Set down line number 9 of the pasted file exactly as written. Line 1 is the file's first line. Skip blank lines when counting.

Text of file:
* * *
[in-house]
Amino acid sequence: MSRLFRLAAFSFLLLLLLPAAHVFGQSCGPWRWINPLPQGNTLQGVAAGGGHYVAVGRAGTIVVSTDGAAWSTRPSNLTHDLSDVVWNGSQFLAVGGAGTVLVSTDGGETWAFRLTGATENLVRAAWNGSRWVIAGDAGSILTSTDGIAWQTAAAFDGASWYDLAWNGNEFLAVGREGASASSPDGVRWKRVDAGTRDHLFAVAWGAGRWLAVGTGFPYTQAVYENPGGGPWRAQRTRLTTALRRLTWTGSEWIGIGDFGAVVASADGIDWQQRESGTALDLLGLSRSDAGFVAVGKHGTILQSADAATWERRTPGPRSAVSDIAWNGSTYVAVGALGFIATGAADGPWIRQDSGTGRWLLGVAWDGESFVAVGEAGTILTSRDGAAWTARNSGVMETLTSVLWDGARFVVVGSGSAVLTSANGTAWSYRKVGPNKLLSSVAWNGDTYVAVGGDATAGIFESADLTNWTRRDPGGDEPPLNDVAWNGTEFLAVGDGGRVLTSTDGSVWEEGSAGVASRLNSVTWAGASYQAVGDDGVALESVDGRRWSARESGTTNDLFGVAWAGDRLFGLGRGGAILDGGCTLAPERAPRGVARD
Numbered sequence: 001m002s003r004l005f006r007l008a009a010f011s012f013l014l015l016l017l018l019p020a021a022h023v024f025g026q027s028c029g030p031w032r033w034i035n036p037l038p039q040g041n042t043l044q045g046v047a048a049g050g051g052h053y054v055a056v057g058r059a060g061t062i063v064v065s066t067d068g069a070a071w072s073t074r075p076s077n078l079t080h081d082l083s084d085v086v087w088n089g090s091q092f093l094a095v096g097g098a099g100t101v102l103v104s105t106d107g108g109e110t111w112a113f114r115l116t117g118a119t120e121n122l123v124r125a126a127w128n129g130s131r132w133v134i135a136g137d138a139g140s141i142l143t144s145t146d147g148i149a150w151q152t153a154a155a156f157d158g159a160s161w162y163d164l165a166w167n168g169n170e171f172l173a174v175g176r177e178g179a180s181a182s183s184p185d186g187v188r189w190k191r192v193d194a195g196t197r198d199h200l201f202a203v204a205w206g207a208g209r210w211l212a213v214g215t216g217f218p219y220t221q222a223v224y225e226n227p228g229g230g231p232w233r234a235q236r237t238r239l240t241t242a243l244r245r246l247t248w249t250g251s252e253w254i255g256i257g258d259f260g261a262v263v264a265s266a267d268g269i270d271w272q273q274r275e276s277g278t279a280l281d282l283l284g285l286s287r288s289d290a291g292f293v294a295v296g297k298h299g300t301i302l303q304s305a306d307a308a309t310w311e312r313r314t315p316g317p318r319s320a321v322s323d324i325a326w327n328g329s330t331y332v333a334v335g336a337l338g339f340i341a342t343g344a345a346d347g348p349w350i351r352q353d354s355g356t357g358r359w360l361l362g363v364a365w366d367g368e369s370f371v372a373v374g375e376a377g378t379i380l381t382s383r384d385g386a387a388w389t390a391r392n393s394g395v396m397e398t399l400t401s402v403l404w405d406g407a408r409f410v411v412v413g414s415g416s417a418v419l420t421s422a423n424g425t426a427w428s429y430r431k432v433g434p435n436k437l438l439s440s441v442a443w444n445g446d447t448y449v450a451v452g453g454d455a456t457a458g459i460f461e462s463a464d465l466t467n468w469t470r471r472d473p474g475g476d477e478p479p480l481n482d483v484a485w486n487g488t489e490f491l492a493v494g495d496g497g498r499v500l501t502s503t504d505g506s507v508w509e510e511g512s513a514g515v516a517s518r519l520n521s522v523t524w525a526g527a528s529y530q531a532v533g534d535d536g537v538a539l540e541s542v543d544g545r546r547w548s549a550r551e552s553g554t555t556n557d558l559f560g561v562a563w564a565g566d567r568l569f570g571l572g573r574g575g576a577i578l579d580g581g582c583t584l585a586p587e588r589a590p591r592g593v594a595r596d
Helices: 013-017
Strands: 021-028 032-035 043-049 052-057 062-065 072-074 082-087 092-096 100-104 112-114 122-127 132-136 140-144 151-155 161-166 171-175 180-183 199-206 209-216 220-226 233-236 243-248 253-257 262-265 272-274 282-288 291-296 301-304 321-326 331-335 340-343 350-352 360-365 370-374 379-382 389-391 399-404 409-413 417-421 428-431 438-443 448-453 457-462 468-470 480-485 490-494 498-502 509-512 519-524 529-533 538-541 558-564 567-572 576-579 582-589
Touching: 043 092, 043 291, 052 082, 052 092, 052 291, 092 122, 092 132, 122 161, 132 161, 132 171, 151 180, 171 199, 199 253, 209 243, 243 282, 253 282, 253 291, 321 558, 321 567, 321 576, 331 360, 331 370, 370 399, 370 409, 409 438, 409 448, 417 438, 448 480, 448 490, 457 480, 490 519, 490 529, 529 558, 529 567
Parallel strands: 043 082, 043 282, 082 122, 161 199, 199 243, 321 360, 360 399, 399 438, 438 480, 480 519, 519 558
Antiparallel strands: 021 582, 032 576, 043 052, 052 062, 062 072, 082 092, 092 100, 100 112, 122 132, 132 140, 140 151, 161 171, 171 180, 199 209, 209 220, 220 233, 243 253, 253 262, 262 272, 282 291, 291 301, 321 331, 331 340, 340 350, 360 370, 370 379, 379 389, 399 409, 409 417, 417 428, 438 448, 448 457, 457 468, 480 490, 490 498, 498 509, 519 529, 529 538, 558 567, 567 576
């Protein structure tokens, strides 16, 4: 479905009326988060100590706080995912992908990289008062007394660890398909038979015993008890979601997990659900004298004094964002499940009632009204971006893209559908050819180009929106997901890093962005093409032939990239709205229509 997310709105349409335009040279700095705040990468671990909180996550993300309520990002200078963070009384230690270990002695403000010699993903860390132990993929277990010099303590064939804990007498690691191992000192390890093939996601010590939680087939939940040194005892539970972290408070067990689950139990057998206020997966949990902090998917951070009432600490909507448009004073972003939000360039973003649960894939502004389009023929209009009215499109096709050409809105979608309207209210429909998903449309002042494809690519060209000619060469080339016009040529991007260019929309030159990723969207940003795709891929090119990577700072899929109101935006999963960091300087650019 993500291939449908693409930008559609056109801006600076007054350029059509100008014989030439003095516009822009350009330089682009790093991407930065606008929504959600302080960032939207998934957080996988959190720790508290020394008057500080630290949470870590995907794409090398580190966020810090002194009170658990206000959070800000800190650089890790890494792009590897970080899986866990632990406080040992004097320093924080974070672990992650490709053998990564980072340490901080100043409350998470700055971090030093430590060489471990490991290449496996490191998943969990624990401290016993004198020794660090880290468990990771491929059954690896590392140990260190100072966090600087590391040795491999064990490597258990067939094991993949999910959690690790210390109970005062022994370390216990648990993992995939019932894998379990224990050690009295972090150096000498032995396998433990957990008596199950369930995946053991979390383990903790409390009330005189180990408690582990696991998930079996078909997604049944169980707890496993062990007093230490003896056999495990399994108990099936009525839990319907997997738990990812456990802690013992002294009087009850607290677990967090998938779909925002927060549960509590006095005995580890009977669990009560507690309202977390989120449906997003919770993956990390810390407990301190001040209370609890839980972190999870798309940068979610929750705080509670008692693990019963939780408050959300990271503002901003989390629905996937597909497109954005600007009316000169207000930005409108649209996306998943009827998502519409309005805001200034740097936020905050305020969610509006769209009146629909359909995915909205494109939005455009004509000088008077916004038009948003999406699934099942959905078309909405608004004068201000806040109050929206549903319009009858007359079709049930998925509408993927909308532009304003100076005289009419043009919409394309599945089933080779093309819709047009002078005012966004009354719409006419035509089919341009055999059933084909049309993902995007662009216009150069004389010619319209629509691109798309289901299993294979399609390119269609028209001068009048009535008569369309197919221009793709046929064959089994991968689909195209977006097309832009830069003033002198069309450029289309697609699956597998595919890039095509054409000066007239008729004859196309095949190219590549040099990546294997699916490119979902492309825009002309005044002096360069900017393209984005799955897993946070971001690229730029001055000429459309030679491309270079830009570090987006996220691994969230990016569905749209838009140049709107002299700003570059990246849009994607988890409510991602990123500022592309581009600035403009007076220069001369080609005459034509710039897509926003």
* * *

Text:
């Protein structure tokens, strides 16, 4: 479905009326988060100590706080995912992908990289008062007394660890398909038979015993008890979601997990659900004298004094964002499940009632009204971006893209559908050819180009929106997901890093962005093409032939990239709205229509 997310709105349409335009040279700095705040990468671990909180996550993300309520990002200078963070009384230690270990002695403000010699993903860390132990993929277990010099303590064939804990007498690691191992000192390890093939996601010590939680087939939940040194005892539970972290408070067990689950139990057998206020997966949990902090998917951070009432600490909507448009004073972003939000360039973003649960894939502004389009023929209009009215499109096709050409809105979608309207209210429909998903449309002042494809690519060209000619060469080339016009040529991007260019929309030159990723969207940003795709891929090119990577700072899929109101935006999963960091300087650019 993500291939449908693409930008559609056109801006600076007054350029059509100008014989030439003095516009822009350009330089682009790093991407930065606008929504959600302080960032939207998934957080996988959190720790508290020394008057500080630290949470870590995907794409090398580190966020810090002194009170658990206000959070800000800190650089890790890494792009590897970080899986866990632990406080040992004097320093924080974070672990992650490709053998990564980072340490901080100043409350998470700055971090030093430590060489471990490991290449496996490191998943969990624990401290016993004198020794660090880290468990990771491929059954690896590392140990260190100072966090600087590391040795491999064990490597258990067939094991993949999910959690690790210390109970005062022994370390216990648990993992995939019932894998379990224990050690009295972090150096000498032995396998433990957990008596199950369930995946053991979390383990903790409390009330005189180990408690582990696991998930079996078909997604049944169980707890496993062990007093230490003896056999495990399994108990099936009525839990319907997997738990990812456990802690013992002294009087009850607290677990967090998938779909925002927060549960509590006095005995580890009977669990009560507690309202977390989120449906997003919770993956990390810390407990301190001040209370609890839980972190999870798309940068979610929750705080509670008692693990019963939780408050959300990271503002901003989390629905996937597909497109954005600007009316000169207000930005409108649209996306998943009827998502519409309005805001200034740097936020905050305020969610509006769209009146629909359909995915909205494109939005455009004509000088008077916004038009948003999406699934099942959905078309909405608004004068201000806040109050929206549903319009009858007359079709049930998925509408993927909308532009304003100076005289009419043009919409394309599945089933080779093309819709047009002078005012966004009354719409006419035509089919341009055999059933084909049309993902995007662009216009150069004389010619319209629509691109798309289901299993294979399609390119269609028209001068009048009535008569369309197919221009793709046929064959089994991968689909195209977006097309832009830069003033002198069309450029289309697609699956597998595919890039095509054409000066007239008729004859196309095949190219590549040099990546294997699916490119979902492309825009002309005044002096360069900017393209984005799955897993946070971001690229730029001055000429459309030679491309270079830009570090987006996220691994969230990016569905749209838009140049709107002299700003570059990246849009994607988890409510991602990123500022592309581009600035403009007076220069001369080609005459034509710039897509926003």